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Wildfires Continue To Burn In San Diego County
Tuesday, June 22, 2021
UPDATE: 12:12 p.m., Tuesday, June 22, 2021
Two wildfires that started in the East County over the weekend are still active. But so far, there have been no evacuations, loss of life or property.
Fire Captain Frank LoCoco from Cal Fire San Diego describes the current wildfire situation.
“We’re very optimistic for both fires. We’re making great progress. We’ll still be out at the Overland probably for a few more days and the Clevenger for the day and possibly the evening,” LoCoco said.
The Overland Fire started east of Mount Laguna in Canebrake, in temperatures around 114 degrees. It is 50% contained and has burned 515 acres.
“That specific fire was extremely difficult to access via the ground." LoCoco continued, “We did have to insert a lot of our ground forces via helicopter, or via a pickup truck ride and a hike into it. It’s very very remote, very rugged and it was extremely warm.”
The San Pasqual area was also dealing with the Clevenger Fire that burned 53 acres and is now 100% contained.
“Extremely steep terrain. We were able to attack it aggressively with both air and ground resources and really keep it in check before it grew too large,” LoCoco noted.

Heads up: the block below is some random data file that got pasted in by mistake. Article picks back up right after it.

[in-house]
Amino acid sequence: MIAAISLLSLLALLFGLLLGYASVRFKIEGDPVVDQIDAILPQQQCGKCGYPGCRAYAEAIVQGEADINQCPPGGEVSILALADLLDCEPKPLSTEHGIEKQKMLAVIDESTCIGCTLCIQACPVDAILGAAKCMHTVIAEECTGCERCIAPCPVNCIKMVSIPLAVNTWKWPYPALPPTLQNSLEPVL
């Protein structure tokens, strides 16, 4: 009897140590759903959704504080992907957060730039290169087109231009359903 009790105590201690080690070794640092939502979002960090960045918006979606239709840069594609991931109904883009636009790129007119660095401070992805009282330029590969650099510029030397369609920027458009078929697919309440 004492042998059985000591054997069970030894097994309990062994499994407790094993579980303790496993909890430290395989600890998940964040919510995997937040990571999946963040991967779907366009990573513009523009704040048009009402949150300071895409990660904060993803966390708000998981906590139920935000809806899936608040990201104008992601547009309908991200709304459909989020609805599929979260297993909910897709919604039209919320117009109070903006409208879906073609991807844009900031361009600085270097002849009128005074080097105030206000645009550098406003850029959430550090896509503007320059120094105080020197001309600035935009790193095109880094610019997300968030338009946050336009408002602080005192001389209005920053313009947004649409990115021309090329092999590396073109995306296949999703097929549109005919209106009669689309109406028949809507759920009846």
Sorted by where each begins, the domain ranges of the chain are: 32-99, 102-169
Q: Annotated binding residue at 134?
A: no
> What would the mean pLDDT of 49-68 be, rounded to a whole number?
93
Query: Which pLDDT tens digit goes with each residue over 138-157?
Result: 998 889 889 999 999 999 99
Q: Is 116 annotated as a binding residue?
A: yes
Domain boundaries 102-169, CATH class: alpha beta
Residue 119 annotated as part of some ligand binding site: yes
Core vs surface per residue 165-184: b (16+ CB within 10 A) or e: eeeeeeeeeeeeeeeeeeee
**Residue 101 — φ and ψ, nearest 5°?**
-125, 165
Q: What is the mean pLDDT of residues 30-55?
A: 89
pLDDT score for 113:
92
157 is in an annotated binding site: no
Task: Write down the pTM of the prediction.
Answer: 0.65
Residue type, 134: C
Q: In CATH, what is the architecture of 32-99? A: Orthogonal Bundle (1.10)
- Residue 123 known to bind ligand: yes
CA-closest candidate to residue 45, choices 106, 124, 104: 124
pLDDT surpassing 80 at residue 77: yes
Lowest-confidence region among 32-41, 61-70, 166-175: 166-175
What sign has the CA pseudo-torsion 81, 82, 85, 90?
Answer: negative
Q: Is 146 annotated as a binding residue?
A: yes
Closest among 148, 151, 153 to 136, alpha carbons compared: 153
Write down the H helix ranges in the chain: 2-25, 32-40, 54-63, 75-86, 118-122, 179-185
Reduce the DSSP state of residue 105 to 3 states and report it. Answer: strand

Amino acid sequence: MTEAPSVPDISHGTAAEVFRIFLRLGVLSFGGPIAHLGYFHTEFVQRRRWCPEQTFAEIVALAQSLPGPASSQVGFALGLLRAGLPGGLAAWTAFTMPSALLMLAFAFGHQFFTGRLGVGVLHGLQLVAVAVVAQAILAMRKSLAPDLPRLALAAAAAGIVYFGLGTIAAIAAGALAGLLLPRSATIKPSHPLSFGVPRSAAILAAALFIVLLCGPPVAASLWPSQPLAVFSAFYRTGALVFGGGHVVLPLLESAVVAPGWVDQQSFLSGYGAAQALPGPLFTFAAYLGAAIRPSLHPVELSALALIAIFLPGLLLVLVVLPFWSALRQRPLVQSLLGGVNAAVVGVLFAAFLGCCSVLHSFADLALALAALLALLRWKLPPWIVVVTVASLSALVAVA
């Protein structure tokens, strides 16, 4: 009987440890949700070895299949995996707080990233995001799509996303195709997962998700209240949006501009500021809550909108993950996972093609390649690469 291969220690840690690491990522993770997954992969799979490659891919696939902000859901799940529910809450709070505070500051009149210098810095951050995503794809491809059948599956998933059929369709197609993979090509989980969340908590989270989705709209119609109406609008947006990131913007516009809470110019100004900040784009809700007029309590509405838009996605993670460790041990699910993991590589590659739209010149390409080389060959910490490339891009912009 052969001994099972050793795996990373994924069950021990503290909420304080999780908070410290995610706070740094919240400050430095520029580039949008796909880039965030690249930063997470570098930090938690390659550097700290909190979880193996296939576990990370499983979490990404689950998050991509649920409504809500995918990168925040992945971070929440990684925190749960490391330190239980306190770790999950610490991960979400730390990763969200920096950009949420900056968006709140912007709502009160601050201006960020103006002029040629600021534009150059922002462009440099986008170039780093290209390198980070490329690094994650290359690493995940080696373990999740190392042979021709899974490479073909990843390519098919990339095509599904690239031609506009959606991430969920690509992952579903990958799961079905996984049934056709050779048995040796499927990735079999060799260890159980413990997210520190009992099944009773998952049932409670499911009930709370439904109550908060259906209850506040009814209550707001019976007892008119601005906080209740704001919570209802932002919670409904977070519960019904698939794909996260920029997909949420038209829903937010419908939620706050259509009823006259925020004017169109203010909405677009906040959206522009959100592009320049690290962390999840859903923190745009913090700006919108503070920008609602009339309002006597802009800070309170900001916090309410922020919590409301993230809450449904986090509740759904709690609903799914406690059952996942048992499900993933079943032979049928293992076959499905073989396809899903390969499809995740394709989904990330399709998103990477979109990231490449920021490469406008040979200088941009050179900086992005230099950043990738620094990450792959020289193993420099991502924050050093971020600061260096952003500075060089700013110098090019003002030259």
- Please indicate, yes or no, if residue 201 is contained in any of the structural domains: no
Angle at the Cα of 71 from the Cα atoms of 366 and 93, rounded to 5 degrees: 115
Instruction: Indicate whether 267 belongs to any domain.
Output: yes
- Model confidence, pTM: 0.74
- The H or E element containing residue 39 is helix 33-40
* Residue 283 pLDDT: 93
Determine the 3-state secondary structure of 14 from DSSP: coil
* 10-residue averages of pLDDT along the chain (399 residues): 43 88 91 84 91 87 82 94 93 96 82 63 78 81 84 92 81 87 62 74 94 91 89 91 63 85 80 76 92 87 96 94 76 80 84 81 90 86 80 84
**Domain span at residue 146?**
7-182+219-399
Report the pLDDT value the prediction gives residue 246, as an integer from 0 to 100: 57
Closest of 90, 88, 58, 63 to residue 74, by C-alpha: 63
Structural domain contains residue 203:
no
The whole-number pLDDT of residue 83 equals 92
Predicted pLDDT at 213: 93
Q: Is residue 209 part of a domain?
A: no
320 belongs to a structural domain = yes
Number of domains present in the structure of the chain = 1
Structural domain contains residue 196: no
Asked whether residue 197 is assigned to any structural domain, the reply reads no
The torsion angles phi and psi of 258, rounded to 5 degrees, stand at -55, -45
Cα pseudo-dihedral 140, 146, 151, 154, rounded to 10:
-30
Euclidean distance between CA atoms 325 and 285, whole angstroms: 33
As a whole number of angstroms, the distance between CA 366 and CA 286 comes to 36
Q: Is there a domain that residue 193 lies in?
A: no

Monitoring wildfires is a collective effort.
And the community plays an important role too.
“We get inundated with 911 calls with folks throughout the County who either see or smell smoke and call to start that dispatch system,” LoCoco said.
The San Diego County Sheriff’s Department supplied Cal Fire with their ASTREA helicopter and made water drops to control the Overland Fire.
Technology also plays a major role in combating wildfires.
“We also have an excellent series of cameras throughout the county and you can actually access those through alertwildfire.org and that allows us to try to get eyes on the fire even before some of our ground resources get there,” LoCoco said.
The National Weather Service provides direct support through current and predicted weather conditions of an exact location.
Alex Tardy is the Warning Coordination Meteorologist at the National Weather Service San Diego. They also use a satellite to detect hot spots and it updates every five minutes.
“They can detect wildfires basically,” Tardy said. “They can detect hot areas anywhere 24/7, night time, day time and they can detect them as small as 3-5 acres in size.”
At least one of the weekend’s fires was detected early by the satellite.
Tardy said wildfires could have been a lot worse this weekend.
“When we talk about temperatures that hot in the backcountry, where all that fuel in vegetation is, if there is a start it’s going to burn rapidly. We’re lucky we had minimal wind otherwise we’d be talking about fires five times as large.”
Potential for wildfires will remain high for this season due to the high temperatures, drought and extremely dry brush.
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